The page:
Made-in-India dialysis machine undergoes clinical trials
Bangaluru City-based researchers have come up with a made-in-India dialysis machine, which is expected to reduce cost of the medical procedure.
Renalyx Health Systems
Affordable treatment to renal patients and nephrologists in India.
Designed by Renalyx Health Systems, the machine, RxT17, started undergoing clinical trials at JSS Medical College Hospital, Mysuru, from March 2. A 40-year-old renal disorder patient was the first to undergo dialysis on the new machine on March 2.
Dialysis machines are now imported from Germany, Sweden and China at a cost of Rs 10-11 lakh a piece. A dialysis session costs between Rs 2,500 and Rs 4,000. The new machine is likely to be priced at Rs 4 lakh and it could reduce the cost of dialysis to Rs 1,000.
The machine is cloud-enabled and can be connected to a mobile app, so that nephrologists can monitor its functioning and the patient’s response from anywhere.
“There are only 1,400 nephrologists in India and only 200 in Karnataka. There is a need to bridge the gap between patients and doctors through technological intervention. We can take the new dialysis machine to rural areas too, given its ability to connect seamlessly and its capacity to run on solar power. Such features are not available in dialysis machines imported from Japan, the US and Germany,” says Shyam Vasudev Rao, an Indian Institute of Science (IISc) alumnus and founder-chairman of Renalyx.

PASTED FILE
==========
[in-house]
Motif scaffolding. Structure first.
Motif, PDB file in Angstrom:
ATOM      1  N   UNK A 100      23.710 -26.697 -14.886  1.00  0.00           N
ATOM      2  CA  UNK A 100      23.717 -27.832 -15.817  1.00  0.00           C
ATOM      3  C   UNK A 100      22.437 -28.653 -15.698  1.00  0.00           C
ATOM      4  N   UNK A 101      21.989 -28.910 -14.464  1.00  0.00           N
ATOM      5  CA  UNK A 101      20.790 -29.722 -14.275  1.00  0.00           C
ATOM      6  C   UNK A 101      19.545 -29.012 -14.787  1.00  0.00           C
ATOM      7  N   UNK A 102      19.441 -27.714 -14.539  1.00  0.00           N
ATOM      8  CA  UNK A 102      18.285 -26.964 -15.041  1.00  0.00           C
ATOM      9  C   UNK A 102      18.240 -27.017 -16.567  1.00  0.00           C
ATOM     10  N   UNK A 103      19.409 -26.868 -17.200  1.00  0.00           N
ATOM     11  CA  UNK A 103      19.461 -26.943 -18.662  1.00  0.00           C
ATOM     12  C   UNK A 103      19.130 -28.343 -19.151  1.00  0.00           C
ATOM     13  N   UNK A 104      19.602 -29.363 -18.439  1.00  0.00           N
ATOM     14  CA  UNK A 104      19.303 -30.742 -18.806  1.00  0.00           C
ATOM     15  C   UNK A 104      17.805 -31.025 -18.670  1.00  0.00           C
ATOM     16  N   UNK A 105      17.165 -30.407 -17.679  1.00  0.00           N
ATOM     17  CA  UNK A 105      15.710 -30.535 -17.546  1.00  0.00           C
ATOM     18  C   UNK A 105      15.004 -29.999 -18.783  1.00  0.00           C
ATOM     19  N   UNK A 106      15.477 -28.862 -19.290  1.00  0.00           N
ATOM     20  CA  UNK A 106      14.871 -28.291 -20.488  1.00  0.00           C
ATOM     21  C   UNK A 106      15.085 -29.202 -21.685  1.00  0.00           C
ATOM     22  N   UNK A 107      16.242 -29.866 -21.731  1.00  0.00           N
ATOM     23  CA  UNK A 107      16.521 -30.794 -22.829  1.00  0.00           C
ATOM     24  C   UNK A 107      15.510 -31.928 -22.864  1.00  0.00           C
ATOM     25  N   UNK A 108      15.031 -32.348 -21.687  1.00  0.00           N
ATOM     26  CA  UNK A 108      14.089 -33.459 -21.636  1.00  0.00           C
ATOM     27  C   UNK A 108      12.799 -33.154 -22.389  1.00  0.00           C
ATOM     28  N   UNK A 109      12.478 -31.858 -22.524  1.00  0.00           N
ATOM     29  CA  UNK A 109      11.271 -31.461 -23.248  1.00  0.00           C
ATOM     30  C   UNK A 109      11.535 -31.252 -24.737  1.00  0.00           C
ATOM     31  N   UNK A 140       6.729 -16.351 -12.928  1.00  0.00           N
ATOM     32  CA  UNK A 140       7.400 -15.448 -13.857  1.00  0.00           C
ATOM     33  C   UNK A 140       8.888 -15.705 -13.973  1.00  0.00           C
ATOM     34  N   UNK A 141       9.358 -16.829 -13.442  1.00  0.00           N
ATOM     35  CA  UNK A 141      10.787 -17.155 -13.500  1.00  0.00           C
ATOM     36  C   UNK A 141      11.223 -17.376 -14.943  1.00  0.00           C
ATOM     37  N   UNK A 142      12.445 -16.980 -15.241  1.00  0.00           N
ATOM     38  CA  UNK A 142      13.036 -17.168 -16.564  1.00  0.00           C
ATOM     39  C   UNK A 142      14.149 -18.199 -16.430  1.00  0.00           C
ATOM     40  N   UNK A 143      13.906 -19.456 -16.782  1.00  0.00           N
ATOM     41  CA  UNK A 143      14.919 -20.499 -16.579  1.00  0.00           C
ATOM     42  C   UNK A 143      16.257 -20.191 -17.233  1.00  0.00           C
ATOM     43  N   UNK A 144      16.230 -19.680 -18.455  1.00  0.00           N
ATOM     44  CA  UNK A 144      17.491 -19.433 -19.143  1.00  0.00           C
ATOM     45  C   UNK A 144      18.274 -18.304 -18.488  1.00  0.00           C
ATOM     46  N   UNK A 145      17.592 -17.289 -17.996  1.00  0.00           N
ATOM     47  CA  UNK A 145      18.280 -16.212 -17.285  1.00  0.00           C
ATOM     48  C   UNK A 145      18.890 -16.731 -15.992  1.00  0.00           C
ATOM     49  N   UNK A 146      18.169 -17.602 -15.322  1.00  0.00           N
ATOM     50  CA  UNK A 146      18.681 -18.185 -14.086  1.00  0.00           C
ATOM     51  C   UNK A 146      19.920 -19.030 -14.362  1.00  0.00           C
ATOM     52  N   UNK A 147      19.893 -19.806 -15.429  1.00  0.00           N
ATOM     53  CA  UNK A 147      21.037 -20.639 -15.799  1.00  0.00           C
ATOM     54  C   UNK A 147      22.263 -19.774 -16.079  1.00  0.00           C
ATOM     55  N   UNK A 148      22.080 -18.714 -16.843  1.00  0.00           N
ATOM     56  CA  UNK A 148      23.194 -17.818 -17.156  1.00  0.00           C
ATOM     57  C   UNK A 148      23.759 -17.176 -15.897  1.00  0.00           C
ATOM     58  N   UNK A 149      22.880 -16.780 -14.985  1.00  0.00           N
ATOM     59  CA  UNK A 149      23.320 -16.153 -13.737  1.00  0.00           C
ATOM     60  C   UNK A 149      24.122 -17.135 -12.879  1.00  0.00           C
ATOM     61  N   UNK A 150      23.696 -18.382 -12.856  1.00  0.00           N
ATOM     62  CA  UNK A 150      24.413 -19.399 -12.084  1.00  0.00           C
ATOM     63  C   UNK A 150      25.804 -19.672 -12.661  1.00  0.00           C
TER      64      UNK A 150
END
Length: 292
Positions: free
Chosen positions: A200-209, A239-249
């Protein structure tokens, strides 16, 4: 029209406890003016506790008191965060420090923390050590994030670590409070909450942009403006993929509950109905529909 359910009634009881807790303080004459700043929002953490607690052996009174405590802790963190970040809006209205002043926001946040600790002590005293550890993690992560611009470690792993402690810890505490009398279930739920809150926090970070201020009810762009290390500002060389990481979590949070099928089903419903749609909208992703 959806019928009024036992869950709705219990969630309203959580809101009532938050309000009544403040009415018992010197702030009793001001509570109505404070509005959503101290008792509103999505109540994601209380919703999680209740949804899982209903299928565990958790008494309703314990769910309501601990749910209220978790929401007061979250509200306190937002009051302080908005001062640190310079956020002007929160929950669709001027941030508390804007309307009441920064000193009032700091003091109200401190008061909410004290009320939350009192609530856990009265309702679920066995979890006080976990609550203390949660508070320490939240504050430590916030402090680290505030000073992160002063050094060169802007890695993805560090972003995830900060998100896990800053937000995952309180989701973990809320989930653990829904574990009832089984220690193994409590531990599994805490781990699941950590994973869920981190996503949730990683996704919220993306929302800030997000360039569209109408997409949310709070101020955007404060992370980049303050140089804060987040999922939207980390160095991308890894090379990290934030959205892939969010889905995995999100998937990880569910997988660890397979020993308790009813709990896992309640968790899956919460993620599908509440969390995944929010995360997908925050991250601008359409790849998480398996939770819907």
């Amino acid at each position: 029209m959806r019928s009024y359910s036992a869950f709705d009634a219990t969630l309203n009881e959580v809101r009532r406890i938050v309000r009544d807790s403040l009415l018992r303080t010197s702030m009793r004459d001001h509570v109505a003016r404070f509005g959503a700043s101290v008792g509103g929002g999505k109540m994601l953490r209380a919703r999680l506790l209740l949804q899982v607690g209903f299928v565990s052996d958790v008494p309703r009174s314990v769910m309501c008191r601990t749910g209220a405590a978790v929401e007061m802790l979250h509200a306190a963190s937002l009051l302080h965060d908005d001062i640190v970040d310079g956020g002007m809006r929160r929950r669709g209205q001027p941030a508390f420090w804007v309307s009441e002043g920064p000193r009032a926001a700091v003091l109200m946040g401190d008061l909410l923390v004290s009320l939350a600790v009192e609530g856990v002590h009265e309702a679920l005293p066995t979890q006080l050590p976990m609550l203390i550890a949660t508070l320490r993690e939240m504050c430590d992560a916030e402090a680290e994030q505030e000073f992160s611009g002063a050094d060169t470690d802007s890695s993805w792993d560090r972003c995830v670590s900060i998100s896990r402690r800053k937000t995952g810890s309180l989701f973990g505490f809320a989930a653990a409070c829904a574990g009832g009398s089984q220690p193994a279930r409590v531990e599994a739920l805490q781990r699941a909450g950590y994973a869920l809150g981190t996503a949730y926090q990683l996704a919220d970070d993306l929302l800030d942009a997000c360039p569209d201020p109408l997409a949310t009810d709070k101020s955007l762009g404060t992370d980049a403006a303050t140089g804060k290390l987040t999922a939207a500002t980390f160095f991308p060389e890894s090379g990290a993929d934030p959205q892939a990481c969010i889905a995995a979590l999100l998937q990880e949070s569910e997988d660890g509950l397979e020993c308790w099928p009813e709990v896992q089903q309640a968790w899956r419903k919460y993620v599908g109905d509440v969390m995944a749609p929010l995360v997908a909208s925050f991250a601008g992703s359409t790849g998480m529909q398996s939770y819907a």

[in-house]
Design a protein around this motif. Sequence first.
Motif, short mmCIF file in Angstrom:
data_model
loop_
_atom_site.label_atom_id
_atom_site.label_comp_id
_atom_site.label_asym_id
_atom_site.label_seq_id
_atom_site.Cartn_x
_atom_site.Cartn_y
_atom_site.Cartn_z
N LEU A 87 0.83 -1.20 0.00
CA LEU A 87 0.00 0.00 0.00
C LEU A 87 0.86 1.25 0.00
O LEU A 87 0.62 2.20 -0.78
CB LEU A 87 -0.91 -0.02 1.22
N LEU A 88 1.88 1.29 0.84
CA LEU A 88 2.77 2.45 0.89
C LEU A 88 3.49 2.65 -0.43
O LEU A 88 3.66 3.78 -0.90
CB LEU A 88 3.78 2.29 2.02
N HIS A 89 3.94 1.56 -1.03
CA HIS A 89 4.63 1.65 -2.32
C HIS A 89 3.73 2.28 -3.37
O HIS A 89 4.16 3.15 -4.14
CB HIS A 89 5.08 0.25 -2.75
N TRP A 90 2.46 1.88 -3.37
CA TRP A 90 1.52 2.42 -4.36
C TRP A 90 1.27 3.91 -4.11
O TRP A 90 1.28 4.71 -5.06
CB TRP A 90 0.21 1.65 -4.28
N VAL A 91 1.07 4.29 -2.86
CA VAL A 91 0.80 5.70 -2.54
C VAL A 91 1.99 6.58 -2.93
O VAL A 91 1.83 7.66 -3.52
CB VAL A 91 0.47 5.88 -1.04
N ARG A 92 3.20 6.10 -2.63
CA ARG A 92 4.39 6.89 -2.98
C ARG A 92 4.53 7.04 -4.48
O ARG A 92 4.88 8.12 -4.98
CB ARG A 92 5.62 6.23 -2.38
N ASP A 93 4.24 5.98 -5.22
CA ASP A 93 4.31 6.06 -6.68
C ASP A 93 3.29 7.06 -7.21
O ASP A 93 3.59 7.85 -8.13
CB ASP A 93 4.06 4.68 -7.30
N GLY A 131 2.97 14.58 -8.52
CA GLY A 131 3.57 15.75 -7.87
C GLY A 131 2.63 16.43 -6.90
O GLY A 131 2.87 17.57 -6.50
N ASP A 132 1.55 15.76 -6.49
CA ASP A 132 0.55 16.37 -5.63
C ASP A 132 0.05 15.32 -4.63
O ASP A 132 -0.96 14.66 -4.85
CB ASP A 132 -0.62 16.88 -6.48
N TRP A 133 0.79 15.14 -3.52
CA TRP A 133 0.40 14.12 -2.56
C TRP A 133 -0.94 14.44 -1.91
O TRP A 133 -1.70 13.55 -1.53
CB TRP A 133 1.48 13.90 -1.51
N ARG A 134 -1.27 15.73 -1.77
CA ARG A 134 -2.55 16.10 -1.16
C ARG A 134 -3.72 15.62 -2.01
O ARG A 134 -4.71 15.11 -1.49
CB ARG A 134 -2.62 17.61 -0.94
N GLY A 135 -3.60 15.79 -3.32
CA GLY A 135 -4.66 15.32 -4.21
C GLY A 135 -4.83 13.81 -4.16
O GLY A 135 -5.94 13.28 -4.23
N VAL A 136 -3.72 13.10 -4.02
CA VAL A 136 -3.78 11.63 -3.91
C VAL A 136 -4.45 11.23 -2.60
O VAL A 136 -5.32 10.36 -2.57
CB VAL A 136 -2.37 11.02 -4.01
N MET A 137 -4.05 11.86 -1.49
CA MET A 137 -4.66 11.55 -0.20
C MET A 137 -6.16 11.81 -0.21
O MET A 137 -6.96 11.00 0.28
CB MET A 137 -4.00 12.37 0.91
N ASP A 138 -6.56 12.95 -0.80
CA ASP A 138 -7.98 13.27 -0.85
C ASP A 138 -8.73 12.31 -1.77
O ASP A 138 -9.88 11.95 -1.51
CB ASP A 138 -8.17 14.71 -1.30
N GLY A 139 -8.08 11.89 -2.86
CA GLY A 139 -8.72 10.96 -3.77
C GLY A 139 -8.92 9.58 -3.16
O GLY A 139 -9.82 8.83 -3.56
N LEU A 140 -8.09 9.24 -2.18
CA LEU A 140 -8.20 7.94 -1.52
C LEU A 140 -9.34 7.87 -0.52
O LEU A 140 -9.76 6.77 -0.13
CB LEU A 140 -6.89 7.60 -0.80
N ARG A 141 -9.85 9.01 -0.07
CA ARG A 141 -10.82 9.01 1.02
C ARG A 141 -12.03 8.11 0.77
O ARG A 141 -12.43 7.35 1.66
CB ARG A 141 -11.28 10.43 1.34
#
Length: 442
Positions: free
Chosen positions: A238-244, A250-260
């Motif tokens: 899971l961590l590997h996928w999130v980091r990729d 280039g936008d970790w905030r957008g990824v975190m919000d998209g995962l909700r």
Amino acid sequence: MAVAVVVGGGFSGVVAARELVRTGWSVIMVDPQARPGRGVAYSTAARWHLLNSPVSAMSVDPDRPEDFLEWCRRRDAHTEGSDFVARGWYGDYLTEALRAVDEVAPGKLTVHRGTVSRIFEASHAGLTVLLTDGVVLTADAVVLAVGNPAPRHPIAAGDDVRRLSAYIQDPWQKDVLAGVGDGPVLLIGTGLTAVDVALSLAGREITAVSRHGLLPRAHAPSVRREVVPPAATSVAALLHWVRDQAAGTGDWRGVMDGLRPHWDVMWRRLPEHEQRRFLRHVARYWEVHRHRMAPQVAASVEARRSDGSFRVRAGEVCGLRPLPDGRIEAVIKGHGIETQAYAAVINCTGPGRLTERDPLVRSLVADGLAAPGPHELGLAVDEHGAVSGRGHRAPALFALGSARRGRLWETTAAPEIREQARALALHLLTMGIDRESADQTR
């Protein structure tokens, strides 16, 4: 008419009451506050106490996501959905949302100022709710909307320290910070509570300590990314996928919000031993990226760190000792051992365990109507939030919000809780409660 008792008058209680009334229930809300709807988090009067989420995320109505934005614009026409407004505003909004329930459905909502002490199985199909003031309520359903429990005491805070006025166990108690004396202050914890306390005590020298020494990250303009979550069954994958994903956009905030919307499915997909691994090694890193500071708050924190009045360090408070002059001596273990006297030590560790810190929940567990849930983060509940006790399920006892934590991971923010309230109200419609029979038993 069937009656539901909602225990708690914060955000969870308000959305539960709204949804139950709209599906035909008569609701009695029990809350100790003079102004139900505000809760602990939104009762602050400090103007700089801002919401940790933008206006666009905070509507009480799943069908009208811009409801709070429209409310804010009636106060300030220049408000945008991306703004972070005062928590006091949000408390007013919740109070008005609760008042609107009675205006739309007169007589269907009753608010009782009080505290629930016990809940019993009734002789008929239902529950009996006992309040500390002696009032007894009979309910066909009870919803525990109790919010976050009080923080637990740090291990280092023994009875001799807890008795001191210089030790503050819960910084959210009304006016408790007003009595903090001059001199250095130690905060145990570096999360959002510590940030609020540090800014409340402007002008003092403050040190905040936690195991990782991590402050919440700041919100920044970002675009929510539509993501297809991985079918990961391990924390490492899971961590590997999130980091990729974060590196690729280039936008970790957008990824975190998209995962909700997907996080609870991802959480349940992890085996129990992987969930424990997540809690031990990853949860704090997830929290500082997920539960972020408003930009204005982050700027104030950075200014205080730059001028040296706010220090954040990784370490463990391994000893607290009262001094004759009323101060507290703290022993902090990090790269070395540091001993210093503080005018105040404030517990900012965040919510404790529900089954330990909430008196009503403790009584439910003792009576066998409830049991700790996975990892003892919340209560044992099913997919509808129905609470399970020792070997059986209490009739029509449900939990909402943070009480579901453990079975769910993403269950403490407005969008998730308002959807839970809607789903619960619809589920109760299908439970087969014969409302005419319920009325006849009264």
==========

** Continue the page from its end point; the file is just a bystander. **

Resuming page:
Work on the machine began in 2013, driven by the vision to “create innovative and inclusive solutions for comprehensive renal care.”
Dr Lloyd Vincent, a nephrologist and co-founder of Renalyx, said the objective was to reduce the cost. “We have a project monitoring committee with alumni from Bombay and Delhi IITs as well as AIIMS, Delhi. The clinical trials are going on successfully. The product has been funded by the department of science and technology, New Delhi,” he said.
The company has patents and active collaborations with premier institutions, including IIT Kharagpur, Jawaharlal Nehru Centre for Advanced Scientific Research (JNCASR) and PESIT in Bengaluru.
Production may begin in August
“As manufacturers, we would not have control over how much the hospital charges once it is sold. But we want to make sure that dialysis will be cost-effective,” said Dr Ajay Sharma, chief research officer, Renalyx. He said production of the machine is likely to begin in August 2018.
Dr Sankaran Sundar, president of South Indian Nephrologists Association, said the new machine provides the hope of affordable treatment to renal patients and nephrologists in India.
Renalyx Health Systems